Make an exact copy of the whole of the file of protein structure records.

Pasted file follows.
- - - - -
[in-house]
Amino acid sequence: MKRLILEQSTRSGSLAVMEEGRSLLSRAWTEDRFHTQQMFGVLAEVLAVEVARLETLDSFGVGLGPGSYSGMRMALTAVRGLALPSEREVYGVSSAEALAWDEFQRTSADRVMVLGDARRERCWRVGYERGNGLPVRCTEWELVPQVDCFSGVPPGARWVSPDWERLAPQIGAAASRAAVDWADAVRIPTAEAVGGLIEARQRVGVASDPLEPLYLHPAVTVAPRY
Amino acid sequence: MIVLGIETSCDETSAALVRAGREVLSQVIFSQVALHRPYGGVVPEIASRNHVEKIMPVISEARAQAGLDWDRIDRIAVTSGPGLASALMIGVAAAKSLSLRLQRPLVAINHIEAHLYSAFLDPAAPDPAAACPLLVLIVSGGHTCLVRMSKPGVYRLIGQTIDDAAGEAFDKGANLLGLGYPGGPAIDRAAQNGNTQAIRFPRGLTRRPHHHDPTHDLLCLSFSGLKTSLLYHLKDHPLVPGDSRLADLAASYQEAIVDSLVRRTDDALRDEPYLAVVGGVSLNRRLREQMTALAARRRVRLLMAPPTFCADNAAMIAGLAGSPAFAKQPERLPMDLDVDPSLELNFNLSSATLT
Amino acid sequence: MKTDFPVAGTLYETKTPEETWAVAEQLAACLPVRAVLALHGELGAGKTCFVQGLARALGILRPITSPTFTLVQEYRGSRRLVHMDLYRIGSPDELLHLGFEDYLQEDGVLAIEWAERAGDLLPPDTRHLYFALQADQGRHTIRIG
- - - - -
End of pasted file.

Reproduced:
[in-house]
Amino acid sequence: MKRLILEQSTRSGSLAVMEEGRSLLSRAWTEDRFHTQQMFGVLAEVLAVEVARLETLDSFGVGLGPGSYSGMRMALTAVRGLALPSEREVYGVSSAEALAWDEFQRTSADRVMVLGDARRERCWRVGYERGNGLPVRCTEWELVPQVDCFSGVPPGARWVSPDWERLAPQIGAAASRAAVDWADAVRIPTAEAVGGLIEARQRVGVASDPLEPLYLHPAVTVAPRY
Amino acid sequence: MIVLGIETSCDETSAALVRAGREVLSQVIFSQVALHRPYGGVVPEIASRNHVEKIMPVISEARAQAGLDWDRIDRIAVTSGPGLASALMIGVAAAKSLSLRLQRPLVAINHIEAHLYSAFLDPAAPDPAAACPLLVLIVSGGHTCLVRMSKPGVYRLIGQTIDDAAGEAFDKGANLLGLGYPGGPAIDRAAQNGNTQAIRFPRGLTRRPHHHDPTHDLLCLSFSGLKTSLLYHLKDHPLVPGDSRLADLAASYQEAIVDSLVRRTDDALRDEPYLAVVGGVSLNRRLREQMTALAARRRVRLLMAPPTFCADNAAMIAGLAGSPAFAKQPERLPMDLDVDPSLELNFNLSSATLT
Amino acid sequence: MKTDFPVAGTLYETKTPEETWAVAEQLAACLPVRAVLALHGELGAGKTCFVQGLARALGILRPITSPTFTLVQEYRGSRRLVHMDLYRIGSPDELLHLGFEDYLQEDGVLAIEWAERAGDLLPPDTRHLYFALQADQGRHTIRIG